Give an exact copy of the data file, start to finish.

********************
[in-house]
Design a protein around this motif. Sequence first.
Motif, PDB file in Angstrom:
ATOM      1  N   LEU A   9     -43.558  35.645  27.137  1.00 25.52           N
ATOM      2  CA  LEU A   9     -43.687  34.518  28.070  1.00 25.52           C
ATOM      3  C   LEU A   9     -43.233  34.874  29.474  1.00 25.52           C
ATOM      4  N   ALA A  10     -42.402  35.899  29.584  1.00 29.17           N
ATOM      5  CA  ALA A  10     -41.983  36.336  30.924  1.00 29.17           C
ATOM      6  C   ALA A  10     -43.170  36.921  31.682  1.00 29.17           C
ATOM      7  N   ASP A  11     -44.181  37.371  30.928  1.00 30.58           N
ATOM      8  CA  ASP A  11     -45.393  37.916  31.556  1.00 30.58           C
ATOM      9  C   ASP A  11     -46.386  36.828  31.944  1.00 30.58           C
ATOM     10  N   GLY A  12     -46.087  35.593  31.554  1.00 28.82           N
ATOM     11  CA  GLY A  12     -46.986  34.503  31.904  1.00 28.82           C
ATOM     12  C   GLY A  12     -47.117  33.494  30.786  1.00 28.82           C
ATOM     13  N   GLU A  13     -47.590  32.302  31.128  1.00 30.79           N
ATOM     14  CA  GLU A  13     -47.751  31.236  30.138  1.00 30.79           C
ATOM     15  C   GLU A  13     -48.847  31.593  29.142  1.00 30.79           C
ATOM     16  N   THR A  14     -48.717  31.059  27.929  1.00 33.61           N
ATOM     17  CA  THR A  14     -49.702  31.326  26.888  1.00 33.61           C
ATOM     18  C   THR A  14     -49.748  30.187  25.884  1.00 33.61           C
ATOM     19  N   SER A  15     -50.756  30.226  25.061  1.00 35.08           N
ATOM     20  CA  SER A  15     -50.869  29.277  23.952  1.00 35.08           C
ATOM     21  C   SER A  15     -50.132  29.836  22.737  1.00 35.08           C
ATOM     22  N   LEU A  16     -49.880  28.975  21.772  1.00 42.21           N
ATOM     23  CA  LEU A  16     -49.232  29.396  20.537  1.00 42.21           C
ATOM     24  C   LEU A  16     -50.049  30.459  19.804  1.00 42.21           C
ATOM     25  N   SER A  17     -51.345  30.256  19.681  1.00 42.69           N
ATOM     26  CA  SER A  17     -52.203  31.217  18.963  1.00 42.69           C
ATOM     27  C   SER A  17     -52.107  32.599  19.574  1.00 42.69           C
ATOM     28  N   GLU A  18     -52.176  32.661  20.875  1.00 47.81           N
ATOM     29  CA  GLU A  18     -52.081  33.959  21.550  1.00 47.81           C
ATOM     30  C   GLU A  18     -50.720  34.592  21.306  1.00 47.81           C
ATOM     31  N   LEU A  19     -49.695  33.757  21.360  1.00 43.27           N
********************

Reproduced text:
[in-house]
Design a protein around this motif. Sequence first.
Motif, PDB file in Angstrom:
ATOM      1  N   LEU A   9     -43.558  35.645  27.137  1.00 25.52           N
ATOM      2  CA  LEU A   9     -43.687  34.518  28.070  1.00 25.52           C
ATOM      3  C   LEU A   9     -43.233  34.874  29.474  1.00 25.52           C
ATOM      4  N   ALA A  10     -42.402  35.899  29.584  1.00 29.17           N
ATOM      5  CA  ALA A  10     -41.983  36.336  30.924  1.00 29.17           C
ATOM      6  C   ALA A  10     -43.170  36.921  31.682  1.00 29.17           C
ATOM      7  N   ASP A  11     -44.181  37.371  30.928  1.00 30.58           N
ATOM      8  CA  ASP A  11     -45.393  37.916  31.556  1.00 30.58           C
ATOM      9  C   ASP A  11     -46.386  36.828  31.944  1.00 30.58           C
ATOM     10  N   GLY A  12     -46.087  35.593  31.554  1.00 28.82           N
ATOM     11  CA  GLY A  12     -46.986  34.503  31.904  1.00 28.82           C
ATOM     12  C   GLY A  12     -47.117  33.494  30.786  1.00 28.82           C
ATOM     13  N   GLU A  13     -47.590  32.302  31.128  1.00 30.79           N
ATOM     14  CA  GLU A  13     -47.751  31.236  30.138  1.00 30.79           C
ATOM     15  C   GLU A  13     -48.847  31.593  29.142  1.00 30.79           C
ATOM     16  N   THR A  14     -48.717  31.059  27.929  1.00 33.61           N
ATOM     17  CA  THR A  14     -49.702  31.326  26.888  1.00 33.61           C
ATOM     18  C   THR A  14     -49.748  30.187  25.884  1.00 33.61           C
ATOM     19  N   SER A  15     -50.756  30.226  25.061  1.00 35.08           N
ATOM     20  CA  SER A  15     -50.869  29.277  23.952  1.00 35.08           C
ATOM     21  C   SER A  15     -50.132  29.836  22.737  1.00 35.08           C
ATOM     22  N   LEU A  16     -49.880  28.975  21.772  1.00 42.21           N
ATOM     23  CA  LEU A  16     -49.232  29.396  20.537  1.00 42.21           C
ATOM     24  C   LEU A  16     -50.049  30.459  19.804  1.00 42.21           C
ATOM     25  N   SER A  17     -51.345  30.256  19.681  1.00 42.69           N
ATOM     26  CA  SER A  17     -52.203  31.217  18.963  1.00 42.69           C
ATOM     27  C   SER A  17     -52.107  32.599  19.574  1.00 42.69           C
ATOM     28  N   GLU A  18     -52.176  32.661  20.875  1.00 47.81           N
ATOM     29  CA  GLU A  18     -52.081  33.959  21.550  1.00 47.81           C
ATOM     30  C   GLU A  18     -50.720  34.592  21.306  1.00 47.81           C
ATOM     31  N   LEU A  19     -49.695  33.757  21.360  1.00 43.27           N